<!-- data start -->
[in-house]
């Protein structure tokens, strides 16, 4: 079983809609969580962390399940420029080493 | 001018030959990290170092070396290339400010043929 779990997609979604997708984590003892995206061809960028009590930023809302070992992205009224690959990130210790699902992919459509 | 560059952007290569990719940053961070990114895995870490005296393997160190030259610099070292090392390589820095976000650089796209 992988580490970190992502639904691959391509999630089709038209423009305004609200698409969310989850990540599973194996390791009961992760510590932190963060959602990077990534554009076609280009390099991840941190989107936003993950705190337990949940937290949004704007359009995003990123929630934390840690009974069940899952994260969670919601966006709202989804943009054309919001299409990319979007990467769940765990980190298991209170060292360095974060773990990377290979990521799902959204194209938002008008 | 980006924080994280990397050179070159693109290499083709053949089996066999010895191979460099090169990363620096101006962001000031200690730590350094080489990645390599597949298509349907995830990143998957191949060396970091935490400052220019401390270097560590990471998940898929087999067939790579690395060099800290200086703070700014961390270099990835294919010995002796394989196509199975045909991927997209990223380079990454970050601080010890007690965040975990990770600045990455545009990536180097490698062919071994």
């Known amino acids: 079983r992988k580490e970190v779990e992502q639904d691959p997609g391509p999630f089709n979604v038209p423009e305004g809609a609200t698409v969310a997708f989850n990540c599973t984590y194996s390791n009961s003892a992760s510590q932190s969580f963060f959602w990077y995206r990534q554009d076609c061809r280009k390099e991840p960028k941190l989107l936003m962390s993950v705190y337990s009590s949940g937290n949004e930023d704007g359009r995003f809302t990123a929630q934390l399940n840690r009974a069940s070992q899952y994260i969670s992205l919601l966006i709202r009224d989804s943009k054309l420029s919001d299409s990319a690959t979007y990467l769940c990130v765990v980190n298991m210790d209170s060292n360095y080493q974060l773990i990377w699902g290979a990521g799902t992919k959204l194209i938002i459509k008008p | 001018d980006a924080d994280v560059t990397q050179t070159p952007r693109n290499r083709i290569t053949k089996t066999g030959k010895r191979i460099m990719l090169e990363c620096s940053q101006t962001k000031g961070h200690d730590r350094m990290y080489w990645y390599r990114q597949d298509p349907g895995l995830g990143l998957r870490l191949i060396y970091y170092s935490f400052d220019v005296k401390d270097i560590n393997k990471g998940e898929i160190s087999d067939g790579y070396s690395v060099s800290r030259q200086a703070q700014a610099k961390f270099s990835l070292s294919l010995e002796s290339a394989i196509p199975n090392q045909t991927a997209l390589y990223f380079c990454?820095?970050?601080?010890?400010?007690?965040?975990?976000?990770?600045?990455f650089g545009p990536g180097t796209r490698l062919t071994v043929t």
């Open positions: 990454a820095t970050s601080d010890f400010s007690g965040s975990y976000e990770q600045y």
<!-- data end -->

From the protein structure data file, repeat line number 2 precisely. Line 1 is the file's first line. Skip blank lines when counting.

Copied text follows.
């Protein structure tokens, strides 16, 4: 079983809609969580962390399940420029080493 | 001018030959990290170092070396290339400010043929 779990997609979604997708984590003892995206061809960028009590930023809302070992992205009224690959990130210790699902992919459509 | 560059952007290569990719940053961070990114895995870490005296393997160190030259610099070292090392390589820095976000650089796209 992988580490970190992502639904691959391509999630089709038209423009305004609200698409969310989850990540599973194996390791009961992760510590932190963060959602990077990534554009076609280009390099991840941190989107936003993950705190337990949940937290949004704007359009995003990123929630934390840690009974069940899952994260969670919601966006709202989804943009054309919001299409990319979007990467769940765990980190298991209170060292360095974060773990990377290979990521799902959204194209938002008008 | 980006924080994280990397050179070159693109290499083709053949089996066999010895191979460099090169990363620096101006962001000031200690730590350094080489990645390599597949298509349907995830990143998957191949060396970091935490400052220019401390270097560590990471998940898929087999067939790579690395060099800290200086703070700014961390270099990835294919010995002796394989196509199975045909991927997209990223380079990454970050601080010890007690965040975990990770600045990455545009990536180097490698062919071994």